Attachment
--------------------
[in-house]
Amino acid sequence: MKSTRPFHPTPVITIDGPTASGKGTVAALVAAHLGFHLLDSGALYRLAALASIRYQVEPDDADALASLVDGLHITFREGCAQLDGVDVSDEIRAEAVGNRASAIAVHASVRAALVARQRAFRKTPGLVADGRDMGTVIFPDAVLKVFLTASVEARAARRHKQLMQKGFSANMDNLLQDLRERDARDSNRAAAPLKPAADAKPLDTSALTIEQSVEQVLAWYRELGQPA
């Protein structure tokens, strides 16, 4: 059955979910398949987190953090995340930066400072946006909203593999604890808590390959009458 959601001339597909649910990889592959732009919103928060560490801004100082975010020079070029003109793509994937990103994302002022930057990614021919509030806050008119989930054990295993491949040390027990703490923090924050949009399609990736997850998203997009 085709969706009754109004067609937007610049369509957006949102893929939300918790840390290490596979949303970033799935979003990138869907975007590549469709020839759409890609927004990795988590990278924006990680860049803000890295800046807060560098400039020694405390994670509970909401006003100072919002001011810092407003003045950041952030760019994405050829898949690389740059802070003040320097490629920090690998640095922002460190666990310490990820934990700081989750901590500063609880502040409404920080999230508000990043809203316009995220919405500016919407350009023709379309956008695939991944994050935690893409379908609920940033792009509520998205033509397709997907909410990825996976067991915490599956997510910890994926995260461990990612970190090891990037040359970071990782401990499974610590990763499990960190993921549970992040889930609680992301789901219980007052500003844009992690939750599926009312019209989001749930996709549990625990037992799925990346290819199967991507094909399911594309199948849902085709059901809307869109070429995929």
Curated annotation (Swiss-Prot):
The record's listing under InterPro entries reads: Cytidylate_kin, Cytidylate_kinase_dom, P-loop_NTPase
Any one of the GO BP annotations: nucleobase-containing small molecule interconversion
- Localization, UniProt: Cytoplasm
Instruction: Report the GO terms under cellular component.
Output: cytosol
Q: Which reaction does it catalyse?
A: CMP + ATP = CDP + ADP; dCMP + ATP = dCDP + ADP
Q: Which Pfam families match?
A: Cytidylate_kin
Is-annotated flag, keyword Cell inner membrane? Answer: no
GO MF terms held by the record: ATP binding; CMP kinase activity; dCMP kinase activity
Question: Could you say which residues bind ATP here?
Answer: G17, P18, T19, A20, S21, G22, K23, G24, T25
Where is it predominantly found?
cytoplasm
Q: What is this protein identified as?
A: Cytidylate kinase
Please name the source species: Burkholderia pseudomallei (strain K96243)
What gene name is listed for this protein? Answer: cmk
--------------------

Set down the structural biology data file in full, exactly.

[in-house]
Amino acid sequence: MKSTRPFHPTPVITIDGPTASGKGTVAALVAAHLGFHLLDSGALYRLAALASIRYQVEPDDADALASLVDGLHITFREGCAQLDGVDVSDEIRAEAVGNRASAIAVHASVRAALVARQRAFRKTPGLVADGRDMGTVIFPDAVLKVFLTASVEARAARRHKQLMQKGFSANMDNLLQDLRERDARDSNRAAAPLKPAADAKPLDTSALTIEQSVEQVLAWYRELGQPA
């Protein structure tokens, strides 16, 4: 059955979910398949987190953090995340930066400072946006909203593999604890808590390959009458 959601001339597909649910990889592959732009919103928060560490801004100082975010020079070029003109793509994937990103994302002022930057990614021919509030806050008119989930054990295993491949040390027990703490923090924050949009399609990736997850998203997009 085709969706009754109004067609937007610049369509957006949102893929939300918790840390290490596979949303970033799935979003990138869907975007590549469709020839759409890609927004990795988590990278924006990680860049803000890295800046807060560098400039020694405390994670509970909401006003100072919002001011810092407003003045950041952030760019994405050829898949690389740059802070003040320097490629920090690998640095922002460190666990310490990820934990700081989750901590500063609880502040409404920080999230508000990043809203316009995220919405500016919407350009023709379309956008695939991944994050935690893409379908609920940033792009509520998205033509397709997907909410990825996976067991915490599956997510910890994926995260461990990612970190090891990037040359970071990782401990499974610590990763499990960190993921549970992040889930609680992301789901219980007052500003844009992690939750599926009312019209989001749930996709549990625990037992799925990346290819199967991507094909399911594309199948849902085709059901809307869109070429995929």
Curated annotation (Swiss-Prot):
The record's listing under InterPro entries reads: Cytidylate_kin, Cytidylate_kinase_dom, P-loop_NTPase
Any one of the GO BP annotations: nucleobase-containing small molecule interconversion
- Localization, UniProt: Cytoplasm
Instruction: Report the GO terms under cellular component.
Output: cytosol
Q: Which reaction does it catalyse?
A: CMP + ATP = CDP + ADP; dCMP + ATP = dCDP + ADP
Q: Which Pfam families match?
A: Cytidylate_kin
Is-annotated flag, keyword Cell inner membrane? Answer: no
GO MF terms held by the record: ATP binding; CMP kinase activity; dCMP kinase activity
Question: Could you say which residues bind ATP here?
Answer: G17, P18, T19, A20, S21, G22, K23, G24, T25
Where is it predominantly found?
cytoplasm
Q: What is this protein identified as?
A: Cytidylate kinase
Please name the source species: Burkholderia pseudomallei (strain K96243)
What gene name is listed for this protein? Answer: cmk